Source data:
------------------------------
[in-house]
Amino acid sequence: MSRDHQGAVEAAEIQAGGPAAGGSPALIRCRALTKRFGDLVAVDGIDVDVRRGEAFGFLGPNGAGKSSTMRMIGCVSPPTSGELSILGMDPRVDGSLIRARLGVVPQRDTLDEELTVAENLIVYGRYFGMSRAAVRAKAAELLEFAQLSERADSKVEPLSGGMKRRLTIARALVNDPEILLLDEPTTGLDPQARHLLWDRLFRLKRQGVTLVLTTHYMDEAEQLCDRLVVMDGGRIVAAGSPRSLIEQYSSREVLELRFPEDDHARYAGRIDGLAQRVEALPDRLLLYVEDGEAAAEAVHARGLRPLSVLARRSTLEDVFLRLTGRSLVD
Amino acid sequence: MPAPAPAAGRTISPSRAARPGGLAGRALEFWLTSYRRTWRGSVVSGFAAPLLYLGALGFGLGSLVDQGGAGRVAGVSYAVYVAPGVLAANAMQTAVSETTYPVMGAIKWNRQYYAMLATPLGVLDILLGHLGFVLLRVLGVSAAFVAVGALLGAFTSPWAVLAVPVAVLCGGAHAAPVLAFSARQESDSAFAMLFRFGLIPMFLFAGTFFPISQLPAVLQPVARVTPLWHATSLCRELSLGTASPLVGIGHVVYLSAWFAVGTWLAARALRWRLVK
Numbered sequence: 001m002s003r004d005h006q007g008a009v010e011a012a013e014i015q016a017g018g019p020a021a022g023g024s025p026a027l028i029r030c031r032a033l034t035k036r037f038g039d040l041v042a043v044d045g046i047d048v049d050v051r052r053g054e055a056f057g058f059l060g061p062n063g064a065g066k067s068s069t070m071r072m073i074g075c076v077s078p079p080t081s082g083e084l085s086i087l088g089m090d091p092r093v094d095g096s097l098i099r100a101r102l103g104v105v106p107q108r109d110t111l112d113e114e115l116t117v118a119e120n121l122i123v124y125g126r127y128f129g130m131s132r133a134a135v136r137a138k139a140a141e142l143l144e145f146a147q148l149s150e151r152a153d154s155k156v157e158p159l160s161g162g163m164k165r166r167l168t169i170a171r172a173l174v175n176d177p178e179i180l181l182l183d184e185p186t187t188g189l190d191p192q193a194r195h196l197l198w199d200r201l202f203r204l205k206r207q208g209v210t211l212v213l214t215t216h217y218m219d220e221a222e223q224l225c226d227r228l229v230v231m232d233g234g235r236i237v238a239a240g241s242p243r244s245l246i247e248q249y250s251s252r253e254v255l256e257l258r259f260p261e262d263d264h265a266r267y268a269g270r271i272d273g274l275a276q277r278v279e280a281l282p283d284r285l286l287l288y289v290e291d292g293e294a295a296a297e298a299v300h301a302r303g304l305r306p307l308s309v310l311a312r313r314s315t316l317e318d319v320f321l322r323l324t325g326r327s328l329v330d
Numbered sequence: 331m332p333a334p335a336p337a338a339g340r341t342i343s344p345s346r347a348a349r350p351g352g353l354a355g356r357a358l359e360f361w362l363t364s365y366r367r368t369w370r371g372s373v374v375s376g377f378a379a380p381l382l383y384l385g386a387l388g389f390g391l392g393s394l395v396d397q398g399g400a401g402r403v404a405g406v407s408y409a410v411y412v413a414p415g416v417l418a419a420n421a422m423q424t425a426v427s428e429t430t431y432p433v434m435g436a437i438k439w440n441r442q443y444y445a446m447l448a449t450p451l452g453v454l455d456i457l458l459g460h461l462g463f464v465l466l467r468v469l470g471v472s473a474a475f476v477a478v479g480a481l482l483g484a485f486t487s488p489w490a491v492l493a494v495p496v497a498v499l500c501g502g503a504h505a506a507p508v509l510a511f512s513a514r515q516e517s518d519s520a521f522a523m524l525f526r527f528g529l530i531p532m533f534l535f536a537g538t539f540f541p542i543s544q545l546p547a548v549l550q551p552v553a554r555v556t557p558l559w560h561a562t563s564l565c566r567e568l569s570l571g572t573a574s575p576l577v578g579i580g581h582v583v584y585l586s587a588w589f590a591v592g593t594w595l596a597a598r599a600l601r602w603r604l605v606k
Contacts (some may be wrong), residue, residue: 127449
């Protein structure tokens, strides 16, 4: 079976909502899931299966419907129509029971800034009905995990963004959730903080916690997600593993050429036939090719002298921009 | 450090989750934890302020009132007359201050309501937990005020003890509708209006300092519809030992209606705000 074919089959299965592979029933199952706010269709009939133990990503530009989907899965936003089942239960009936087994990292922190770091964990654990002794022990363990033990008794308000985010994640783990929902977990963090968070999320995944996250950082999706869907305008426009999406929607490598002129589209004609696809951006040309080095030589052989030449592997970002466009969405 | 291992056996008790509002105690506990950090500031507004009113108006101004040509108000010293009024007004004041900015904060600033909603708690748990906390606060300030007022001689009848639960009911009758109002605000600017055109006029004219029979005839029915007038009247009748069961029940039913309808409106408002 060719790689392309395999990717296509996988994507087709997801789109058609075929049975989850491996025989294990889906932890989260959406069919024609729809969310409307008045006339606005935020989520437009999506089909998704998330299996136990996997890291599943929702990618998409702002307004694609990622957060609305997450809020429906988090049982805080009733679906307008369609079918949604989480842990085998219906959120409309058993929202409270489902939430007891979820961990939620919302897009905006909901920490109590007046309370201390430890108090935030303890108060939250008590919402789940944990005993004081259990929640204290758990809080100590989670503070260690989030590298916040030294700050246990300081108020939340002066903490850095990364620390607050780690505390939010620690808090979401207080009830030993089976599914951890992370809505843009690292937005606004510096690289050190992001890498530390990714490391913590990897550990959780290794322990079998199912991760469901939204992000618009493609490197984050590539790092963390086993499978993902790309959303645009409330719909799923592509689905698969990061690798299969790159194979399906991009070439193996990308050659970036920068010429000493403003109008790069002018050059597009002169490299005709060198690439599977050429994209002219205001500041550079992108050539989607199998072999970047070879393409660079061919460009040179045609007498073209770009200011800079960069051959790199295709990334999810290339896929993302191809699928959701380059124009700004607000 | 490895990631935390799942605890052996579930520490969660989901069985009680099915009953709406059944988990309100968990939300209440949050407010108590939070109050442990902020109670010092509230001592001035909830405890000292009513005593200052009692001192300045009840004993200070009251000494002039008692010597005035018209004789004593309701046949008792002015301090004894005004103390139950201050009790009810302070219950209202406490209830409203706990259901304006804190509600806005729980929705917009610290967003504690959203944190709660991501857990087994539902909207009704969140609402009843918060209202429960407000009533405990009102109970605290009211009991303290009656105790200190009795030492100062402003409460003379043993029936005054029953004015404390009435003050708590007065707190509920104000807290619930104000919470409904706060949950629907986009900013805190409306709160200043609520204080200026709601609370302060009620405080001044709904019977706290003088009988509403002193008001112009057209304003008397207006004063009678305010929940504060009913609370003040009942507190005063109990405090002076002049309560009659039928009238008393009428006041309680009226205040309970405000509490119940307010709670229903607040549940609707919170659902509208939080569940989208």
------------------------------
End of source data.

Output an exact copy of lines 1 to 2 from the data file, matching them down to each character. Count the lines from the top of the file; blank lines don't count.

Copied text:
[in-house]
Amino acid sequence: MSRDHQGAVEAAEIQAGGPAAGGSPALIRCRALTKRFGDLVAVDGIDVDVRRGEAFGFLGPNGAGKSSTMRMIGCVSPPTSGELSILGMDPRVDGSLIRARLGVVPQRDTLDEELTVAENLIVYGRYFGMSRAAVRAKAAELLEFAQLSERADSKVEPLSGGMKRRLTIARALVNDPEILLLDEPTTGLDPQARHLLWDRLFRLKRQGVTLVLTTHYMDEAEQLCDRLVVMDGGRIVAAGSPRSLIEQYSSREVLELRFPEDDHARYAGRIDGLAQRVEALPDRLLLYVEDGEAAAEAVHARGLRPLSVLARRSTLEDVFLRLTGRSLVD